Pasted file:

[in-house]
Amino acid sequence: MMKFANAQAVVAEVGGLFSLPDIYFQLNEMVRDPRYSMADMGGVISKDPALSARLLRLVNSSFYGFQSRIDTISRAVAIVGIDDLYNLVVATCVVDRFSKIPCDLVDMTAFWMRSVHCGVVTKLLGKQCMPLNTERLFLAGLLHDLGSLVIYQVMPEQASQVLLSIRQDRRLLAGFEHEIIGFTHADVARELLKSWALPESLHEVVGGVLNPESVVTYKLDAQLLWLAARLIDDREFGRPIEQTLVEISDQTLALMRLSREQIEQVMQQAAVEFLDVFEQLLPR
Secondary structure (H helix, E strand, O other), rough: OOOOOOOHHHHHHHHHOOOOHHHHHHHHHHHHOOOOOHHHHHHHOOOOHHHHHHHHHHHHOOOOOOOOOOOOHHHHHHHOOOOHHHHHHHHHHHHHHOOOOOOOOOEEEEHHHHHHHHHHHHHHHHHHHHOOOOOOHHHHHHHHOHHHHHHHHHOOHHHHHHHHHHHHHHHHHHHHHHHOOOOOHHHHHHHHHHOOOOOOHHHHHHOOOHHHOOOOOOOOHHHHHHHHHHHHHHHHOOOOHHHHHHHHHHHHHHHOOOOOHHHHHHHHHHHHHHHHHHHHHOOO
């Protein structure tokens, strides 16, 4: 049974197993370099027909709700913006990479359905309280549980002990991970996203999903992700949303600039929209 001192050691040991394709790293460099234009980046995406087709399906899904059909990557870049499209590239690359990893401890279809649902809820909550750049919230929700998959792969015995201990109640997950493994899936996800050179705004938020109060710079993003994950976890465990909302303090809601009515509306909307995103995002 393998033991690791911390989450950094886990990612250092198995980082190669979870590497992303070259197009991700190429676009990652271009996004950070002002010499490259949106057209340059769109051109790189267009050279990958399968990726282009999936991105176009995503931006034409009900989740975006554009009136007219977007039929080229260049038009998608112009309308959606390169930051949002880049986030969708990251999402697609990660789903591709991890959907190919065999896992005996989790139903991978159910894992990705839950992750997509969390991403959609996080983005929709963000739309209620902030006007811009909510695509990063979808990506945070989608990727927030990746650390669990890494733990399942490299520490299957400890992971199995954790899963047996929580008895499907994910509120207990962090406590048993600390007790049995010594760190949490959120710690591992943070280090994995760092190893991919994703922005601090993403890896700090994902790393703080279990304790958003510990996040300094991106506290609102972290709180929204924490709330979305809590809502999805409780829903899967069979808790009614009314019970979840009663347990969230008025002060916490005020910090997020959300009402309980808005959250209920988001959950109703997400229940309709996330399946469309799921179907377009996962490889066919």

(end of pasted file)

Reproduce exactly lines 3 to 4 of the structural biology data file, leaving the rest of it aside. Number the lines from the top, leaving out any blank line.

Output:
Secondary structure (H helix, E strand, O other), rough: OOOOOOOHHHHHHHHHOOOOHHHHHHHHHHHHOOOOOHHHHHHHOOOOHHHHHHHHHHHHOOOOOOOOOOOOHHHHHHHOOOOHHHHHHHHHHHHHHOOOOOOOOOEEEEHHHHHHHHHHHHHHHHHHHHOOOOOOHHHHHHHHOHHHHHHHHHOOHHHHHHHHHHHHHHHHHHHHHHHOOOOOHHHHHHHHHHOOOOOOHHHHHHOOOHHHOOOOOOOOHHHHHHHHHHHHHHHHOOOOHHHHHHHHHHHHHHHOOOOOHHHHHHHHHHHHHHHHHHHHHOOO
């Protein structure tokens, strides 16, 4: 049974197993370099027909709700913006990479359905309280549980002990991970996203999903992700949303600039929209 001192050691040991394709790293460099234009980046995406087709399906899904059909990557870049499209590239690359990893401890279809649902809820909550750049919230929700998959792969015995201990109640997950493994899936996800050179705004938020109060710079993003994950976890465990909302303090809601009515509306909307995103995002 393998033991690791911390989450950094886990990612250092198995980082190669979870590497992303070259197009991700190429676009990652271009996004950070002002010499490259949106057209340059769109051109790189267009050279990958399968990726282009999936991105176009995503931006034409009900989740975006554009009136007219977007039929080229260049038009998608112009309308959606390169930051949002880049986030969708990251999402697609990660789903591709991890959907190919065999896992005996989790139903991978159910894992990705839950992750997509969390991403959609996080983005929709963000739309209620902030006007811009909510695509990063979808990506945070989608990727927030990746650390669990890494733990399942490299520490299957400890992971199995954790899963047996929580008895499907994910509120207990962090406590048993600390007790049995010594760190949490959120710690591992943070280090994995760092190893991919994703922005601090993403890896700090994902790393703080279990304790958003510990996040300094991106506290609102972290709180929204924490709330979305809590809502999805409780829903899967069979808790009614009314019970979840009663347990969230008025002060916490005020910090997020959300009402309980808005959250209920988001959950109703997400229940309709996330399946469309799921179907377009996962490889066919």